Prior to the COVID-19 pandemic, Tyack and Cuban (1995) observed that many reforms in education were untenable due to a lack of buy-in from teachers. During the pandemic, teachers experienced unprecedented change and demonstrated great flexibility in navigating new challenges. Teachers will need to continue to be more open to change if this is going to be a moment when that happens. However, with such high burnout levels, this may be the perfect opportunity for change to occur as teachers may welcome changes that decrease the workloads and support teacher well-being. It is important for school leaders and policymakers to find ways to reduce the additional burden placed on teachers during the pandemic as part of a strategy to retain talent in the classroom. However, given the learning loss of recent years (e.g., Halloran et al., 2021), making the job of a teacher “more doable” cannot mean reducing rigor or instructional standards. Educational leaders must be tactical moving forward as the educational profession is at a critical fork in the road. Schools have the opportunity to continue to implement some of the changes made during the pandemic, but also must be aware of the burdens put on teachers.

Though the pandemic forced teachers to make changes to their classrooms unlike any they had made before, some of these changes may be here to stay and may have the opportunity to improve today’s classrooms. One of these changes included the use of one-to-one technology access for students. Several previous studies found teachers who increased the use of technology in the classroom saw increases in student achievement and engagement (Hull & Dutch, 2019; Kaufman & Kumar 2018; Markett et al., 2006; Zhai et al., 2018). For example, Hull & Dutch (2019) found one-to-one laptop programs increased student math scores and Zhai et al., (2018) found the use of mobile devices increased student perceptions of learning physics. It is important that school leaders and teachers understand that technology-based pedagogical interactions can produce positive results when goals are set for its use, teachers are prepared to implement the technology, and students are engaged and motivated to learn (Kim et al., 2019; Lee 2012; Liang et al., 2012). School leaders must also understand that technology in the classroom may also lead to some instructional drawbacks. For example, Kim et al. (2019) found teachers struggled with completing the required curriculum when integrating technology into instruction. This may be a prevalent challenge for today’s teachers as teachers attempt to balance addressing student learning loss and current grade-level standards; however, it is possible that this challenge might not be as great now since the pandemic forced all teachers to rely more heavily on technology for their instruction. Overall, the technology implemented during the pandemic can be seen as a positive aspect of instruction. It can lead to a more engaging environment for students, and an increase in student collaboration, motivation, and self-regulation (Kaufman & Kumar, 2018; Markett et al., 2006).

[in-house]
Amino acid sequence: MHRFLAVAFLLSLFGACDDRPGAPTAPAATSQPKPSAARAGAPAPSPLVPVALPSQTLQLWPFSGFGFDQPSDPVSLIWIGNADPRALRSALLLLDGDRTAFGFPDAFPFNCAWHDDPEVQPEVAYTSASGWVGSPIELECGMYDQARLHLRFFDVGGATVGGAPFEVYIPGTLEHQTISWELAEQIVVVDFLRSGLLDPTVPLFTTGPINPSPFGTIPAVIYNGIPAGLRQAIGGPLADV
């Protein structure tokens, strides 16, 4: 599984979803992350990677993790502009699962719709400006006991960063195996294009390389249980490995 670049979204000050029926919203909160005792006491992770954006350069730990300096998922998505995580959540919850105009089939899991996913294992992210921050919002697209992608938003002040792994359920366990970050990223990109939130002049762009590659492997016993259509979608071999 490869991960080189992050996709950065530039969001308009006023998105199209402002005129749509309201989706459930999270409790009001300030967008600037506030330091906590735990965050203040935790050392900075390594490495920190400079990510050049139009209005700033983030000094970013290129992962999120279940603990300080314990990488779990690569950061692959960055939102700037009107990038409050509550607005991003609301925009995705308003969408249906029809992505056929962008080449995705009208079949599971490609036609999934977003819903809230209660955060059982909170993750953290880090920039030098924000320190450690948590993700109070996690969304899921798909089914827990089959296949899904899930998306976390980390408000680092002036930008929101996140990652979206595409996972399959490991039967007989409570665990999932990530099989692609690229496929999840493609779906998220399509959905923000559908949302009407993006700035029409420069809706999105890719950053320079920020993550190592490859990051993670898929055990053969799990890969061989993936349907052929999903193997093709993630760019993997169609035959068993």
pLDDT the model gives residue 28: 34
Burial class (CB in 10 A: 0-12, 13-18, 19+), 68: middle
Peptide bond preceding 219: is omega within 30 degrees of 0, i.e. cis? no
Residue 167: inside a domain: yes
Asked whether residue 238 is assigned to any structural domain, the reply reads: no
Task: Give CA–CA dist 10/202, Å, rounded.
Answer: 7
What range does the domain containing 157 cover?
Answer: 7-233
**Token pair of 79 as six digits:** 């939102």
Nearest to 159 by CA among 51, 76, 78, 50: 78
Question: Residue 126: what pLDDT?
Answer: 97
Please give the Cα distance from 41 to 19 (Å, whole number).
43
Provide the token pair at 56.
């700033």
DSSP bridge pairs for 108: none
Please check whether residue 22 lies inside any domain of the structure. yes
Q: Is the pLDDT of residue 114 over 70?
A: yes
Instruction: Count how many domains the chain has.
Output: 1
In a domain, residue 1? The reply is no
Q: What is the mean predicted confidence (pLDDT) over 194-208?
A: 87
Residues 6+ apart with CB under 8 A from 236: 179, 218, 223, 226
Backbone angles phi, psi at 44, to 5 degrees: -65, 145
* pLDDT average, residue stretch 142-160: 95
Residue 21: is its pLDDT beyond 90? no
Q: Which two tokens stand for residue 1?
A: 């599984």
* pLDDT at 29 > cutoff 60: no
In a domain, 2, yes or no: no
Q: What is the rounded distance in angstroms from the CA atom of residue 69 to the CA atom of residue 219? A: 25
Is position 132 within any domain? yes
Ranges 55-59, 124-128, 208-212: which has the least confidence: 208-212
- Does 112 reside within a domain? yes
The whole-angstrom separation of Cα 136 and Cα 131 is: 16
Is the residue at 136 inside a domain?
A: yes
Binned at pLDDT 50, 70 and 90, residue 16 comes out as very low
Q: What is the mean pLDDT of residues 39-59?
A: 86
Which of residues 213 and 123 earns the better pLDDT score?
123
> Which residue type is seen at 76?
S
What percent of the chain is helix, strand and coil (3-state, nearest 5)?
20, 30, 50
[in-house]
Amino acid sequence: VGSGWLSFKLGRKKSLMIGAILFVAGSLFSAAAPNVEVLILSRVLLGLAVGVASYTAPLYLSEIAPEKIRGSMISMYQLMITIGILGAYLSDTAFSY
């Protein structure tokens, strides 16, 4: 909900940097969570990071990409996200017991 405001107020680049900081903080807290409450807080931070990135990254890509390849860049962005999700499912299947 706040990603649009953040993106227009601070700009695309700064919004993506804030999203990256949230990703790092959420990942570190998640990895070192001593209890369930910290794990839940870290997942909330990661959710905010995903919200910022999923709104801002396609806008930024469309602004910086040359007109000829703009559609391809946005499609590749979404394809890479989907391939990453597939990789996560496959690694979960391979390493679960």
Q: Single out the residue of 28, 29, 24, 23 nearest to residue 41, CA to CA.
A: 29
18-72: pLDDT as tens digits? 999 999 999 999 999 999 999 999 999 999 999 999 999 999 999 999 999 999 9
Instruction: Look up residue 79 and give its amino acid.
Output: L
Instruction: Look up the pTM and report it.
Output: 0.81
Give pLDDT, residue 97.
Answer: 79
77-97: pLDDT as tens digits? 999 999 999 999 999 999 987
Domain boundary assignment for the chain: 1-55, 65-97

Another positive change may include the use of hybrid instruction. Because of studies conducted throughout the pandemic that provided teachers’ perspectives on hybrid instruction (e.g., Pressley, 2021b; Pressley et al., 2021), we caution against the use of hybrid instruction as normal, everyday practice. Specifically, we believe hybrid instruction would be best for specific situations such as if a student is unable to attend in person (i.e., sick for an extended period) or for students who may have more success in a non-traditional environment (Shaw & Shaw, 2021). This approach would not require teachers to develop a new lesson plan for students but allow a student to join the day’s lessons virtually.